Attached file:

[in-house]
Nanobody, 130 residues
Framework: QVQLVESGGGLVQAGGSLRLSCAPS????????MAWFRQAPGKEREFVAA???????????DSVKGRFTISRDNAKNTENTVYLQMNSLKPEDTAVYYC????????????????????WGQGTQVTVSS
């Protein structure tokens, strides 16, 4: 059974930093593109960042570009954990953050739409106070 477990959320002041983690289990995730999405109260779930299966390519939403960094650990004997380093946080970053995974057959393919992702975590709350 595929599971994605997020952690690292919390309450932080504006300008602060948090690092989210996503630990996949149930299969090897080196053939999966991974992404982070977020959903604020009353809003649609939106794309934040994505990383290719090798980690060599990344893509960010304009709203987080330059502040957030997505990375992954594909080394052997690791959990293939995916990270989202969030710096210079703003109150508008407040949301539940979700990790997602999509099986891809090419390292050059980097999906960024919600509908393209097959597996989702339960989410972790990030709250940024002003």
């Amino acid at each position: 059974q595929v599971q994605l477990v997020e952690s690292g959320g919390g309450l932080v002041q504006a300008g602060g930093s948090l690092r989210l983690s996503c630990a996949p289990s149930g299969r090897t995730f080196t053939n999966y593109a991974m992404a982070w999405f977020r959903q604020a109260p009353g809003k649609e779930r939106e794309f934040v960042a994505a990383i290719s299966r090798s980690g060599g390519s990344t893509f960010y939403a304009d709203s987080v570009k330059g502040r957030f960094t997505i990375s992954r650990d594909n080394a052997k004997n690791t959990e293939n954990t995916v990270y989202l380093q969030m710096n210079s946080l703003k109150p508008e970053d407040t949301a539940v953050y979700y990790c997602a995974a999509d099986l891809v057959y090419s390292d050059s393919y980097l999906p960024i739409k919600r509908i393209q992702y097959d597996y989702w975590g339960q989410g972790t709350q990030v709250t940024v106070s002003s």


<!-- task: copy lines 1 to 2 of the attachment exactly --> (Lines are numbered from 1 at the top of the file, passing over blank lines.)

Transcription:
[in-house]
Nanobody, 130 residues